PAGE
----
“Everybody needs to own this, from the CFO to the mail clerk; we have invested too much for this to go wrong.” This is the kind of statement that strikes fear in the hearts of CMOs and marketing directors if you have ever worked to jumpstart or revitalize a brand for your company. When my CEO made a similar statement to me, I asked myself, how in the heck do I motivate engineers and scientists to own our brand? Why is it so important anyway?
“Employees have the power to either reinforce or break a brand’s promise every time they interact with a consumer, shareholder or even another employee. Because of that, you can’t build and sustain a strong brand externally if you don’t start with your employee,” as Morgan Daloisio states in her article for brandchannel.com. Building a brand culture that is relevant to your organization takes one part strategy, one part human capital, and one part guts.
Culture Eats Strategy for Lunch
One person or department can’t be responsible for creating the culture of an organization. This has to be cultivated from the top down and the bottom up. “Culture is a balanced blend of human psychology, attitudes, actions and beliefs,” says Shawn Parr in a recent Fast Company.com article.
As an organization rolls out a new initiative, everyone always asks “What’s in it for me?” Too often organizations expect their employees to gobble a brand mantra highlighting a few key talking points a brand promise and the features and benefits of the product or service and then spit this back out on demand without explaining why this is meaningful for them individually.
“Many companies don’t differentiate their employee populations. A sheep dip approach to internal branding does not acknowledge the different needs of internal employee demographics,” says Larry Oakner, in a white paper entitled Managing Your Brand Through Your Employees. Not only do employees need to know what is going on with your company’s brand initiatives before a launch goes live, they need to be informed in many ways and on many levels in order to ensure any kind of ownership.
Enter Human Resources. Why not team up with HR, the internal culture cultivator in your organization, to help you meets these demographic demands? This approach will increase your resources, a welcome change, and inform HR so that they too can support the brand through staffing and corporate policies. Together you can customize the message to every department’s needs resulting in a better understanding of how each unit contributes to the brand and why it is so important to their personal / departmental success. Win win.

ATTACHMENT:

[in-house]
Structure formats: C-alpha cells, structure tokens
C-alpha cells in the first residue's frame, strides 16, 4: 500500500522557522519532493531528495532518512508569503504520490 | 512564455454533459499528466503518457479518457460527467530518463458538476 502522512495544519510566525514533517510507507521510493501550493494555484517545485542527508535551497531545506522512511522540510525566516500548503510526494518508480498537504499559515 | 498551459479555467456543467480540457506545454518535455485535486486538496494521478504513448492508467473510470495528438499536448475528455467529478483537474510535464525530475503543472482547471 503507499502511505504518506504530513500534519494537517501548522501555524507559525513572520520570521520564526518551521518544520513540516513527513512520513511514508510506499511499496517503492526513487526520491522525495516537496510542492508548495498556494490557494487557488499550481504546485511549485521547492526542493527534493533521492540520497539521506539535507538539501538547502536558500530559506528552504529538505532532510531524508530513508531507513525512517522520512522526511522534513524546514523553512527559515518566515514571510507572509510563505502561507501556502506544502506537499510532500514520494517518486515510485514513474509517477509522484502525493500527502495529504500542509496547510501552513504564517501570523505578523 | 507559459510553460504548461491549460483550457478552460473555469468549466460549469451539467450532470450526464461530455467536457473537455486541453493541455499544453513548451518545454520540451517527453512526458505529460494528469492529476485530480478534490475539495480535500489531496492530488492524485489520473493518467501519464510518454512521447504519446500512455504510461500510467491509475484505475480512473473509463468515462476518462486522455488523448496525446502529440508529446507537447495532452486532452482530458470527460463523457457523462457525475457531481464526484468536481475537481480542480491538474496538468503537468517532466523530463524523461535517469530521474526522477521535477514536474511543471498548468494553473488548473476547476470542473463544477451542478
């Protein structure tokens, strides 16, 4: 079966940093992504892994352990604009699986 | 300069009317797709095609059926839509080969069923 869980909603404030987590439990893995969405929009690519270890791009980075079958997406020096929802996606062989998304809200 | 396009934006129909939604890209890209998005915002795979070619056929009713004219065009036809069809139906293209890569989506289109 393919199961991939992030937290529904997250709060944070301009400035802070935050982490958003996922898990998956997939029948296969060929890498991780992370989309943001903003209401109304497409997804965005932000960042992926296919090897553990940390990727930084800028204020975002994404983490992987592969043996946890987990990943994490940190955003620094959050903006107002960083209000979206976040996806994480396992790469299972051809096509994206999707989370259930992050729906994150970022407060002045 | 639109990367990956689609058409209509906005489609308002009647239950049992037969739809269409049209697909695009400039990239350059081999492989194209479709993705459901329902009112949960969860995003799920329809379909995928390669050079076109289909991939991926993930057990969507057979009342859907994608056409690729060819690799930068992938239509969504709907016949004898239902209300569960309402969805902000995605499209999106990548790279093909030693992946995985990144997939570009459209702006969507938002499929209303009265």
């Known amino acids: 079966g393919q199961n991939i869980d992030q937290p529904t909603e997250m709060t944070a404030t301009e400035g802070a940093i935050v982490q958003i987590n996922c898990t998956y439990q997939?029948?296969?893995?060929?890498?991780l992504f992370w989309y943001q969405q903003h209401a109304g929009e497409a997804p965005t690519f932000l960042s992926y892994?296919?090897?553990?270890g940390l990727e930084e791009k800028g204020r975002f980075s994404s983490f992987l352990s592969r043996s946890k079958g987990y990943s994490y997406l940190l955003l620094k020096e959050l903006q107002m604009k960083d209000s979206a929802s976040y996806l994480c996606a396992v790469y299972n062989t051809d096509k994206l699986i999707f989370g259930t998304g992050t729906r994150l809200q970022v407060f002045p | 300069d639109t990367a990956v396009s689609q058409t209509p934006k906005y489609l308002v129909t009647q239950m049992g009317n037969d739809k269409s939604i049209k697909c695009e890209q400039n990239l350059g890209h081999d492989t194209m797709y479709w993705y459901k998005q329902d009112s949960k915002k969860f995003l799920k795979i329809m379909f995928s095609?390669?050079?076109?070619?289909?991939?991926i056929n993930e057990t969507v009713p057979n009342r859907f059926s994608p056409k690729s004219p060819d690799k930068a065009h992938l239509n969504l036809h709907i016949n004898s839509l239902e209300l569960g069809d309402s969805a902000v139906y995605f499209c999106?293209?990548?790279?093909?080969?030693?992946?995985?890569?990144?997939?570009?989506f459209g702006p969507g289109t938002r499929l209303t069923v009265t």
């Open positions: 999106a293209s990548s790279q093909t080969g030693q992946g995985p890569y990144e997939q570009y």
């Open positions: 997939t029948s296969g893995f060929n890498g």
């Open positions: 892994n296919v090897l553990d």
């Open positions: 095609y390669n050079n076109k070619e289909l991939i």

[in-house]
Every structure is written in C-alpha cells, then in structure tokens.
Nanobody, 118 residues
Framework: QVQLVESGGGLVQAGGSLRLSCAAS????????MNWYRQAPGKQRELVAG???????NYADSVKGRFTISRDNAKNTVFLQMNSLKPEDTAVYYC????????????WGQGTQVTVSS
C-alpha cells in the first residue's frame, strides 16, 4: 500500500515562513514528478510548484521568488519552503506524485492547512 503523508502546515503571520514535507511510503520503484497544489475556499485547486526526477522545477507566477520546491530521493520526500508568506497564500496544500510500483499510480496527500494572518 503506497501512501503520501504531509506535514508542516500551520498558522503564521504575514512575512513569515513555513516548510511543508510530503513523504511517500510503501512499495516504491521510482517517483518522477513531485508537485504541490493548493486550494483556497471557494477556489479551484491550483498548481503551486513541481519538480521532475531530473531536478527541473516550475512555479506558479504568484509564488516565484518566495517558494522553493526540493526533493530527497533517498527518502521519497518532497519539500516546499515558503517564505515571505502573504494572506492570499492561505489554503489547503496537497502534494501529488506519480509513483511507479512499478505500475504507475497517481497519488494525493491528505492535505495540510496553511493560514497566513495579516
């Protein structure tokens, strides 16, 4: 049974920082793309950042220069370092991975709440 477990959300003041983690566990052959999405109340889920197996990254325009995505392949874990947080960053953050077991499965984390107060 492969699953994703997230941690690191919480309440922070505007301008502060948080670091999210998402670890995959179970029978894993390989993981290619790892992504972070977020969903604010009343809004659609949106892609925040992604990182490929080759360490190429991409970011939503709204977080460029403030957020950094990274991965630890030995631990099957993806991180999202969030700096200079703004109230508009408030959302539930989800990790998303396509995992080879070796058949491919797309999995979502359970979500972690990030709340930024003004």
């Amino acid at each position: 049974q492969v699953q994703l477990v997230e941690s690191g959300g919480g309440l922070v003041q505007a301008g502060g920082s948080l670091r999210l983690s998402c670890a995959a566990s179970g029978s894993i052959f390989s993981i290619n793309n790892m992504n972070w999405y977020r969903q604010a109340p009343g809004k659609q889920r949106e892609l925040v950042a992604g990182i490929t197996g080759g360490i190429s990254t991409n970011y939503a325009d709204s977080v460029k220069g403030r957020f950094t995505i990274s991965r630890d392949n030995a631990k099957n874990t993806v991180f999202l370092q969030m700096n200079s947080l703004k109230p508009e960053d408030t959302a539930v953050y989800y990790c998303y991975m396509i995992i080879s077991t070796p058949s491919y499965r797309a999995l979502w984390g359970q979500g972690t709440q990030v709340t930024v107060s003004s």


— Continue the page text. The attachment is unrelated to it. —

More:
In the past these kinds of activities have been difficult to measure and seen as “soft” data. Your CFO or VP of Marketing is not going to stand for that. Yet, success can be quantified:
- Fortune magazine’s “Most Admired Companies” stock prices appreciated 50% over peers after instituting employee motivation and alignment efforts.
- Satisfied employees are on average 30% less likely to leave, saving 1 to 1.5 times annual salary per employee turnover.
- Employees with a high level of engagement are 38% more likely to have above average productivity.
The challenge of internal brand alignment is ensuring that your employees deliver on the promises your brand makes to the market. This sounds complicated, but what if you turned this process into a game? With rewards?
Games Should be Hard Not Easy
One of the most popular seminars at the 7th Annual Internal Branding & Employee Engagement Conference held this year in Miami Florida was entitled “Utilizing Gamification and Social Collaboration Principals to Communicate and Enhance Employee Motivations.” We have come a long way from tossing water balloons at the annual corporate picnic.
Employees are also consumers, right? They are using social media and gaming, professionally and personally, on a daily basis. “Gamification makes the social media marketing process into a discussion – actively driving users to advocate and engage with their peers, discovering products and services while achieving mastery. It’s a much deeper, richer and more authentically satisfying experience,” as stated in What’s Behind Gamification’s Spectacular Growth by Gabe Zichermann CEO and founder of Gamification.com.
According to gaming guru Jane McGonigal, game research director of the Institute for the Future, “Gamification should make tasks challenging, so that the sense of achievement upon completing them is greater,” and stickier too. She believes that gamification is capable of big changes not just in a corporate office but in the real world. Her latest TED Talk walks you through her vision. Before we change the world let’s start with Tim in the mail room. (Sorry Tim no offense)
Employing gamification for the purposes of building brand culture and brand ownership within an organization can lead to enterprise-wide engagement, better brand understanding and disperse messages in a much more meaningful way. And you can track the top “players” / most engaged employees and reward their behavior. These individuals become your internal brand ambassadors and they do it by choice not force. It’s not that far-fetched and can achieve big goals.
According to Zichermann, a major trend he is predicting for 2013 is the growth of strategic gamification. “In this shift, we will start to see an increased number of major organizations with explicit gamification strategies emanating from the c-suite, gamification on the core strategic roadmap and mid-to-top level executives with gamification in their functional responsibilities.”
My response to the CEO would be very different today than it was when he made that original statement for brand ownership. I want to know what you think; is this reality or fantasy? Would partnering with Human Resources or implementing Brand Games help you overcome your culture woes? Leave a comment or start a dialogue. I would love to hear your thoughts on the matter.